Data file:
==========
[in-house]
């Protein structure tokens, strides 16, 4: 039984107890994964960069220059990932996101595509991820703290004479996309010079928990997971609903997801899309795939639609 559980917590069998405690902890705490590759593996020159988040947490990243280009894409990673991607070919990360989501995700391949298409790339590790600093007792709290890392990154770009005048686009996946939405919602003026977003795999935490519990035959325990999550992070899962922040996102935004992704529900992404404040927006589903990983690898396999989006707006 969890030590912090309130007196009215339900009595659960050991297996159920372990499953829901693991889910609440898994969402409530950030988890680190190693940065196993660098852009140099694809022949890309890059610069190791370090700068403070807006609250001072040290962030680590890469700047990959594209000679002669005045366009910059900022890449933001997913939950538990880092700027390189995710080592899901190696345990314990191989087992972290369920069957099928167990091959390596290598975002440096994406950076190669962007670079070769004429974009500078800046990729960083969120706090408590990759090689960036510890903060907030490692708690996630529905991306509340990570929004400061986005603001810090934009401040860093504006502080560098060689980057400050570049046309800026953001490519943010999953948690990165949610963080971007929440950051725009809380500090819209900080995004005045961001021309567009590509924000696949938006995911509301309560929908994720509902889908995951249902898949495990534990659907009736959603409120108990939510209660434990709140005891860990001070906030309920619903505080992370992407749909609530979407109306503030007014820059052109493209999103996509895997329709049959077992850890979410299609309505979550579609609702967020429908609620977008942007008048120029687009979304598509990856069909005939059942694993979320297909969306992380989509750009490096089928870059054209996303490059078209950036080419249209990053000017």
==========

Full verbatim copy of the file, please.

[in-house]
């Protein structure tokens, strides 16, 4: 039984107890994964960069220059990932996101595509991820703290004479996309010079928990997971609903997801899309795939639609 559980917590069998405690902890705490590759593996020159988040947490990243280009894409990673991607070919990360989501995700391949298409790339590790600093007792709290890392990154770009005048686009996946939405919602003026977003795999935490519990035959325990999550992070899962922040996102935004992704529900992404404040927006589903990983690898396999989006707006 969890030590912090309130007196009215339900009595659960050991297996159920372990499953829901693991889910609440898994969402409530950030988890680190190693940065196993660098852009140099694809022949890309890059610069190791370090700068403070807006609250001072040290962030680590890469700047990959594209000679002669005045366009910059900022890449933001997913939950538990880092700027390189995710080592899901190696345990314990191989087992972290369920069957099928167990091959390596290598975002440096994406950076190669962007670079070769004429974009500078800046990729960083969120706090408590990759090689960036510890903060907030490692708690996630529905991306509340990570929004400061986005603001810090934009401040860093504006502080560098060689980057400050570049046309800026953001490519943010999953948690990165949610963080971007929440950051725009809380500090819209900080995004005045961001021309567009590509924000696949938006995911509301309560929908994720509902889908995951249902898949495990534990659907009736959603409120108990939510209660434990709140005891860990001070906030309920619903505080992370992407749909609530979407109306503030007014820059052109493209999103996509895997329709049959077992850890979410299609309505979550579609609702967020429908609620977008942007008048120029687009979304598509990856069909005939059942694993979320297909969306992380989509750009490096089928870059054209996303490059078209950036080419249209990053000017």